It costs less to ship by sea than by rail. However, that does not mean the railroads connecting East Asia and Europe have no future. A New Silk Road is a practical concept, but not without Russian involvement. An attempt to bypass Russia would clearly fail. In addition, Beijing would actively seek out new markets for its products, something it is already doing on principle.
Speaking last year at a national conference on imports and exports, Chinese Vice Minister of Commerce Zhong Shan said China is highly dependent on trade with Europe and the United States, and its trade with developing countries is small in scope. He said that in the future China will give priority to approximately 30 emerging market countries, particularly India, South Africa, some Arab countries and countries that are rich in resources and occupy an important strategic location in the world.
Chinese industry today is developing rapidly, and its population is becoming more urbanized. China’s needs for energy and raw materials are growing. Therefore, it would be a good idea for Chinese companies to get involved in the economic development of Russia’s Far East and Siberia, as well as joint space projects and nuclear power plant construction.
Strengthening military-technical cooperation with Russia may also play an important role in enhancing China’s security. This past summer, the EU government made it clear to Beijing that transferring any advanced Western military technologies to China in exchange for financial aid is out of the question. It is abundantly clear that NATO’s military superiority is the only thing enabling the West to hold onto its leadership in the world, and it has no intention of giving that up.
What is China’s government actually doing at present to ensure its security and sustainable economic development?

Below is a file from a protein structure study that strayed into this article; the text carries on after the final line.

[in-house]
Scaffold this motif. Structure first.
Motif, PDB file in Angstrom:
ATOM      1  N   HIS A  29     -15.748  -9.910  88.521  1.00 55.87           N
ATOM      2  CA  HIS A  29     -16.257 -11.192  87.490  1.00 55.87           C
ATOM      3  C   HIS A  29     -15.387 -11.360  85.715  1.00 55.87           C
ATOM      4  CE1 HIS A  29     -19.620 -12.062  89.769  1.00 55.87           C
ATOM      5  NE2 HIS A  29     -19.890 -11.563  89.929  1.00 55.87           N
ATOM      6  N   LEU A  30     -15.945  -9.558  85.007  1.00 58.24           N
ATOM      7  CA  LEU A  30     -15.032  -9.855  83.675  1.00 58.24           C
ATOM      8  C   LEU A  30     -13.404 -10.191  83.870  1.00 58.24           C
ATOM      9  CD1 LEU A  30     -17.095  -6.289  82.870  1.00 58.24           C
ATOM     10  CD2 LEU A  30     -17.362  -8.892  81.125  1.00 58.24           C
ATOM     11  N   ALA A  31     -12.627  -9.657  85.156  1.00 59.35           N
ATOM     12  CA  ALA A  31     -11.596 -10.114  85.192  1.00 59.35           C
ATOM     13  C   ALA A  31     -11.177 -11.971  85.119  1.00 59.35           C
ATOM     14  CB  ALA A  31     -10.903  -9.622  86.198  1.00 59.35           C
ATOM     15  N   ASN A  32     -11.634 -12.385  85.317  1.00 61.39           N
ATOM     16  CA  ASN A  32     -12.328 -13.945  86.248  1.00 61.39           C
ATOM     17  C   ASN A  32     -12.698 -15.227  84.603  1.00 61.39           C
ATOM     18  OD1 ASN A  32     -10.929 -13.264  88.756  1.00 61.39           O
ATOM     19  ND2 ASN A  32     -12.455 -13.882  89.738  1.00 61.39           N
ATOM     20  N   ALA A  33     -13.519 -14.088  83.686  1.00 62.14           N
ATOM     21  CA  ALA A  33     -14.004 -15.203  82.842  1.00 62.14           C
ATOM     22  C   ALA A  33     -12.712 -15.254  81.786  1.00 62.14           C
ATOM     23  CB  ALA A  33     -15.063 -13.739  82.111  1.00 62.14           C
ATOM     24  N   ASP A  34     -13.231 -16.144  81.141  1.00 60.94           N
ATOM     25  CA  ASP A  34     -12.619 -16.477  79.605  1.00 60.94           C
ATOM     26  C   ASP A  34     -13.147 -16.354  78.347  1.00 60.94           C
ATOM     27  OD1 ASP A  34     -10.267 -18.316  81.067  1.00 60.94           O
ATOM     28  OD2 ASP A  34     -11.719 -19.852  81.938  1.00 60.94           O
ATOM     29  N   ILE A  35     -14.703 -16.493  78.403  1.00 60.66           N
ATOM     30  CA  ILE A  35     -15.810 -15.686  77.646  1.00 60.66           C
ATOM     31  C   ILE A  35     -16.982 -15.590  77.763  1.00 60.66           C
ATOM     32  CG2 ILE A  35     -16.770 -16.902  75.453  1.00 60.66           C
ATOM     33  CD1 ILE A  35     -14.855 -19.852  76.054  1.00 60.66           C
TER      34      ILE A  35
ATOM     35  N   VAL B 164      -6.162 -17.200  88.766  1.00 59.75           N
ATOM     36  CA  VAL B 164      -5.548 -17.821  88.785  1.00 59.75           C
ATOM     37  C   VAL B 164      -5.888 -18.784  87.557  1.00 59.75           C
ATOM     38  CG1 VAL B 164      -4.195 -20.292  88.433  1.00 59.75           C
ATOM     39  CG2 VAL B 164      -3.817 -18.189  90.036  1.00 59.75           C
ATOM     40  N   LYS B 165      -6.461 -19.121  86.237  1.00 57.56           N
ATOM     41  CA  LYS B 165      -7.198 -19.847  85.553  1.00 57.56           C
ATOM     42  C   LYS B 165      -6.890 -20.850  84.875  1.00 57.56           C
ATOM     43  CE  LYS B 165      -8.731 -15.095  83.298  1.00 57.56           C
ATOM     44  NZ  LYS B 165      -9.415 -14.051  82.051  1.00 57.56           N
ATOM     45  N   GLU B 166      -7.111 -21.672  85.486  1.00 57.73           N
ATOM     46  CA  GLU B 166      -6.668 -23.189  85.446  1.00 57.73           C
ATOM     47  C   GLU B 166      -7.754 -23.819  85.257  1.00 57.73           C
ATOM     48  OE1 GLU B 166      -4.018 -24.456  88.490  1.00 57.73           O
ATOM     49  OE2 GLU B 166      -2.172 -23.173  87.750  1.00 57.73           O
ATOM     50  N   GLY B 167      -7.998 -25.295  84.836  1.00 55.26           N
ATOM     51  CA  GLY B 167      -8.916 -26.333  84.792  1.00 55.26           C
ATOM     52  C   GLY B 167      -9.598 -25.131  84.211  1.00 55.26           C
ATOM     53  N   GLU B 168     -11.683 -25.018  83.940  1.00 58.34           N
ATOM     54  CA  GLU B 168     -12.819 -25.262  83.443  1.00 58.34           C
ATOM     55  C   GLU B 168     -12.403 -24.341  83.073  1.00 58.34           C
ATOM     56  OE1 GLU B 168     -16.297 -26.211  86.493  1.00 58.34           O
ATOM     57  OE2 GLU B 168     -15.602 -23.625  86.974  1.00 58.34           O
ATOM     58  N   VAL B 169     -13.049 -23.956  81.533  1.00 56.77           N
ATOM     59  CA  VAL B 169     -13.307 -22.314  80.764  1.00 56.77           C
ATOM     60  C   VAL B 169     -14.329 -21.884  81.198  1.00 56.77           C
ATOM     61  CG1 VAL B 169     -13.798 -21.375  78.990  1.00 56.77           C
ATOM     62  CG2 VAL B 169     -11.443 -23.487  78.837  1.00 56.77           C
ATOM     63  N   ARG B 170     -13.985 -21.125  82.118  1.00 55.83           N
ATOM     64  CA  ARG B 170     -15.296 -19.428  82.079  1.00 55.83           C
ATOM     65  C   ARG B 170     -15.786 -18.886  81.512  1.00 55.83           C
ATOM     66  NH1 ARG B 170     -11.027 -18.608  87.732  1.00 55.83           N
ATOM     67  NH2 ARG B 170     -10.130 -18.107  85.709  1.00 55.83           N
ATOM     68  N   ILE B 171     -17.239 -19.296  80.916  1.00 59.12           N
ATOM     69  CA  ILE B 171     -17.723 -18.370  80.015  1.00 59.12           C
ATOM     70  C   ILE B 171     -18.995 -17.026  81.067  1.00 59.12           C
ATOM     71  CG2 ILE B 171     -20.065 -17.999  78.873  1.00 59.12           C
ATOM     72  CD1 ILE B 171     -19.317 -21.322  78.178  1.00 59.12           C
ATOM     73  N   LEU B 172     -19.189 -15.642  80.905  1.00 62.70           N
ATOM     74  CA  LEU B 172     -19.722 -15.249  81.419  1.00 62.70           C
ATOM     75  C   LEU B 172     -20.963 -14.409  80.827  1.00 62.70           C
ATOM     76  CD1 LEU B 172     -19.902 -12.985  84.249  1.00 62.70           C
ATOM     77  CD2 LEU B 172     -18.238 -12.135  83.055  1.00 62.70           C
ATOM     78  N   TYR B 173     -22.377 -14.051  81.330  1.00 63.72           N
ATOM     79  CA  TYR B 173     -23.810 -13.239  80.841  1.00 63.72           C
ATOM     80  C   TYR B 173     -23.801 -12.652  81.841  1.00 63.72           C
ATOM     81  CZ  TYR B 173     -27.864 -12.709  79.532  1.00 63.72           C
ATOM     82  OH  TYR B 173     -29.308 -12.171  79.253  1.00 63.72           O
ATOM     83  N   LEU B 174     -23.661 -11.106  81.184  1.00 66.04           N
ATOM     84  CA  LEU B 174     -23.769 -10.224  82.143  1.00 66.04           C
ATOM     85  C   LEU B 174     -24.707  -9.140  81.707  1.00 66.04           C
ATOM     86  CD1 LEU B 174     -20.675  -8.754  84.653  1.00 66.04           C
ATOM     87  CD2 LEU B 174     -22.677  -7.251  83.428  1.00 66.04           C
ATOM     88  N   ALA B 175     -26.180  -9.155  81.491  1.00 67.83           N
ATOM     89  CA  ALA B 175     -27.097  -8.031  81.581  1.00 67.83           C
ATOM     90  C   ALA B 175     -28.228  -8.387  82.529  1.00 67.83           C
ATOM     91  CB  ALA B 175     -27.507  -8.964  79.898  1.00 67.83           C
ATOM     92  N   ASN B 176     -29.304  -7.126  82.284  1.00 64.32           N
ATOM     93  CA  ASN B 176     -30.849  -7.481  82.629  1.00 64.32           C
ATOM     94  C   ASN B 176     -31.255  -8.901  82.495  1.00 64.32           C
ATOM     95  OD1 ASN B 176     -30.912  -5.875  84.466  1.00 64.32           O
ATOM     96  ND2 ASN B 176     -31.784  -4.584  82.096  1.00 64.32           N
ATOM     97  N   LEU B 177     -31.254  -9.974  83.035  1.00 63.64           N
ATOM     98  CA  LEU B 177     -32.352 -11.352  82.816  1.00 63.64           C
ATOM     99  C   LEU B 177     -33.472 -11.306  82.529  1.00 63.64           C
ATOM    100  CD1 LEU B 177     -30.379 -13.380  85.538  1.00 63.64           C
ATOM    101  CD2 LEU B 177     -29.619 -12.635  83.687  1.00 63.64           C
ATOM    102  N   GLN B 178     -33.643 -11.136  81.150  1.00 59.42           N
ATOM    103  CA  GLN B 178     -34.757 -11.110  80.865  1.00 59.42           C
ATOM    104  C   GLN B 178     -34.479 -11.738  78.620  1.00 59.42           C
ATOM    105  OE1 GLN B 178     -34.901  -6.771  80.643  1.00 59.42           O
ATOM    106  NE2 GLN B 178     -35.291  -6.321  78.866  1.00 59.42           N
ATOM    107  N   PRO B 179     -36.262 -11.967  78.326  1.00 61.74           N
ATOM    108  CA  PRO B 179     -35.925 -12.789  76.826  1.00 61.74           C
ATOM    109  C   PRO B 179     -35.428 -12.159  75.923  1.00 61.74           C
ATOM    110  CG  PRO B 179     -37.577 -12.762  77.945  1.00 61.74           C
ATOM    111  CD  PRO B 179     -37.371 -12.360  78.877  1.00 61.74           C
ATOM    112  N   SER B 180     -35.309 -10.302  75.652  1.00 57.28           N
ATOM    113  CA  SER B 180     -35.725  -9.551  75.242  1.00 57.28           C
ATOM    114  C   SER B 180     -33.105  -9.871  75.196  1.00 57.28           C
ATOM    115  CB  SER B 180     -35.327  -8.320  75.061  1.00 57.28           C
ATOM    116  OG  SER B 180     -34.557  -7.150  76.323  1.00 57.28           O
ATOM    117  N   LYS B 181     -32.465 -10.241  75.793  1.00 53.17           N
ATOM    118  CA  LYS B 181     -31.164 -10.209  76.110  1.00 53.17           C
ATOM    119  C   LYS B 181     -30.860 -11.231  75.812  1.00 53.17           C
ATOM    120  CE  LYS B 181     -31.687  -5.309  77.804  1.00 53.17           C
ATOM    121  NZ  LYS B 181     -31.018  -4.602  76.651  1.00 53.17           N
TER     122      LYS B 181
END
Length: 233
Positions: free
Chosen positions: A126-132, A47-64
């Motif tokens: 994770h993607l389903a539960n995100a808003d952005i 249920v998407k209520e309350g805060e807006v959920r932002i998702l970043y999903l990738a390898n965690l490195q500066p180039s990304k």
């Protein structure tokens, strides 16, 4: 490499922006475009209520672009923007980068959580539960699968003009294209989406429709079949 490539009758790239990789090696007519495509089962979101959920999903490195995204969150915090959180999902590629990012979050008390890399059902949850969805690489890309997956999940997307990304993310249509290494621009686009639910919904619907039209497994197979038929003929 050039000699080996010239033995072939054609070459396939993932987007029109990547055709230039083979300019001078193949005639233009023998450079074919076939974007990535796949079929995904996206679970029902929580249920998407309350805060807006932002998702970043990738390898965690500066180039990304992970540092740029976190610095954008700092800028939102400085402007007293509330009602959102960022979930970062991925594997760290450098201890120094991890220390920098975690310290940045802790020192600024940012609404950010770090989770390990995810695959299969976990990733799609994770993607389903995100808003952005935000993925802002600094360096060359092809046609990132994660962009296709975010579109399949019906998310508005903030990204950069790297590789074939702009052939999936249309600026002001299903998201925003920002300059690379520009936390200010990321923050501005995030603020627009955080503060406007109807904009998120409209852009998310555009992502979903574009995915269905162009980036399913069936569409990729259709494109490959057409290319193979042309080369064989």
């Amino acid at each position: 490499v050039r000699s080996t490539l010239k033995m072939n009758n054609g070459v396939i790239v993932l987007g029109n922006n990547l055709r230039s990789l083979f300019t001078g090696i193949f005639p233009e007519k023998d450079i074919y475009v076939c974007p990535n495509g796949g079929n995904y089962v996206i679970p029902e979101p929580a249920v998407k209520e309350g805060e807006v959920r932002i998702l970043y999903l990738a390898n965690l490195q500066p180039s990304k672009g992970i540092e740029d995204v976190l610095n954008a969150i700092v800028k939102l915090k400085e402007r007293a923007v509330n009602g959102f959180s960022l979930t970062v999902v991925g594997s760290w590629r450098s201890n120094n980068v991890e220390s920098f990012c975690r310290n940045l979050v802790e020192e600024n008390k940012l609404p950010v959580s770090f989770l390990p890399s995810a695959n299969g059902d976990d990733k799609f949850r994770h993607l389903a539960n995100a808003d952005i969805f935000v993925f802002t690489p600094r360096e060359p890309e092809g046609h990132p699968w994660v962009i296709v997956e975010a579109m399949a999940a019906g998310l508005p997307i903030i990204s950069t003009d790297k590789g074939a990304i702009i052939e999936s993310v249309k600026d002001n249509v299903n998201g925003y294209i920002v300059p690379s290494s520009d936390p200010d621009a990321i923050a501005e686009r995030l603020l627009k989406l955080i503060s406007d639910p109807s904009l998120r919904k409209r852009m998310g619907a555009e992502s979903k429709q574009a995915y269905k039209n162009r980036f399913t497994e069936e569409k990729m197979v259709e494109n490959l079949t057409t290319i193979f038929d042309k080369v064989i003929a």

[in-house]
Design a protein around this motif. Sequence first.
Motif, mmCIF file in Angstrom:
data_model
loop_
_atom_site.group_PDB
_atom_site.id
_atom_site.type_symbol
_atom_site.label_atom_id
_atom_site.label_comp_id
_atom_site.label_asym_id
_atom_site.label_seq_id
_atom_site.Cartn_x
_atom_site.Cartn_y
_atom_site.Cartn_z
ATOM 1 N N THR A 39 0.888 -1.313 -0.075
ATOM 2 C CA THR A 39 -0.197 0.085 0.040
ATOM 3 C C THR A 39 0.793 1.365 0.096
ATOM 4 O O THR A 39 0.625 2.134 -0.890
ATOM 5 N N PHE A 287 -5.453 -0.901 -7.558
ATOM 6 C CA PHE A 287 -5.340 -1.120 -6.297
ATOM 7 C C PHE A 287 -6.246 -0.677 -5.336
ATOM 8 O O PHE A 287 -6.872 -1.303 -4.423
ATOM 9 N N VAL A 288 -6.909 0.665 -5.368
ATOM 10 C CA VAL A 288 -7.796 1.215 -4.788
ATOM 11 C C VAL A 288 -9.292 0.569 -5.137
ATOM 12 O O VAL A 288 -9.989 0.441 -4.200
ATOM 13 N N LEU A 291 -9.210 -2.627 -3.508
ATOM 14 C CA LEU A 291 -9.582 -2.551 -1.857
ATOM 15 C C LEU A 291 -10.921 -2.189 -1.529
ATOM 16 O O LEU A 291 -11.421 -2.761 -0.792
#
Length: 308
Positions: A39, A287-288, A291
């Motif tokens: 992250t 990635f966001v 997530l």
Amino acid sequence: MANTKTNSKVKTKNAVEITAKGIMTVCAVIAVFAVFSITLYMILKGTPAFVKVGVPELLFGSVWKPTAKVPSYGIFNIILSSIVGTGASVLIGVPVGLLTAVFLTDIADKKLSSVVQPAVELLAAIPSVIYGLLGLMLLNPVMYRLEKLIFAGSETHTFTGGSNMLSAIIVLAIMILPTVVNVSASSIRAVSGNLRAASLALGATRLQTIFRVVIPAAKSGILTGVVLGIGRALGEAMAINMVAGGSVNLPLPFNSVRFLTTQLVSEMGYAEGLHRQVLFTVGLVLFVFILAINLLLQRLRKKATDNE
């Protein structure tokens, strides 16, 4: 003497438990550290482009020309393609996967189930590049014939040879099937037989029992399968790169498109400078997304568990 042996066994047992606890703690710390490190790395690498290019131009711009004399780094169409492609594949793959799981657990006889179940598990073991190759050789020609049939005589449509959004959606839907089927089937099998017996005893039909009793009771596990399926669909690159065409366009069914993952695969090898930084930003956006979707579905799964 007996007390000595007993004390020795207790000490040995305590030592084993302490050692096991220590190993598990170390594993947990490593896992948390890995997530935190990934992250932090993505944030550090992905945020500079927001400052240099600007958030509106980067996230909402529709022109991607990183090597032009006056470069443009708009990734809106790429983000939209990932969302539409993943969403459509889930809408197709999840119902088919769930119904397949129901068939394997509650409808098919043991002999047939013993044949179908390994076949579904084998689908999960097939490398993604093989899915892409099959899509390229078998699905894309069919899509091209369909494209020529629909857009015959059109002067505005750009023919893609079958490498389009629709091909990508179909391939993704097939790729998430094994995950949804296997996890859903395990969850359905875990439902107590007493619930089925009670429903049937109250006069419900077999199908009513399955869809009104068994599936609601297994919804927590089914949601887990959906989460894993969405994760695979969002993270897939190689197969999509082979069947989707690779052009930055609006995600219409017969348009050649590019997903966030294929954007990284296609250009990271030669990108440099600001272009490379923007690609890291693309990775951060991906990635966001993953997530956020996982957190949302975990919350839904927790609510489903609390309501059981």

Currently, the policies of three powerful states are rapidly converging — China, Russia and Iran. This convergence is a response to the hegemonic aspirations of the United States. It is true that the United States is a democratic country whose government holds human rights sacred, but that does not mean the White House is entitled to engage in violence and extortion around the world. Many people think Washington aspires to be the world’s policeman. But policeman do not traffic in Afghan heroin or inspire riots and civil wars. As Jephraim Gundzik of Hong Kong-based Asia Times rightly points out, “Washington’s ‘democratic reform program’ is a thinly disguised method for the US to militarily dispose of unfriendly regimes in order to ensure the country’s primacy as the world’s sole superpower.”
The convergence of China, Russia and Iran is most apparent in Syria. On January 6, 2013, Syrian President Bashar Assad said: “I want to thank these countries, especially Russia, China and Iran, as well as all others who stood in defense of the people of Syria and help it to determine its own destiny.” What is Syria’s problem all about (and Iraq’s, Libya’s, etc.)?
Mike Shortridge of The Washington Times Communities put it like this: “If even one country is allowed to stop accepting only dollars for oil, the dollar will cease to be the world’s reserve currency and will fail, utterly. So how many lives is it worth?”
Konstantin Alexandrovich Penzev is an author and historian and a columnist for New Eastern Outlook.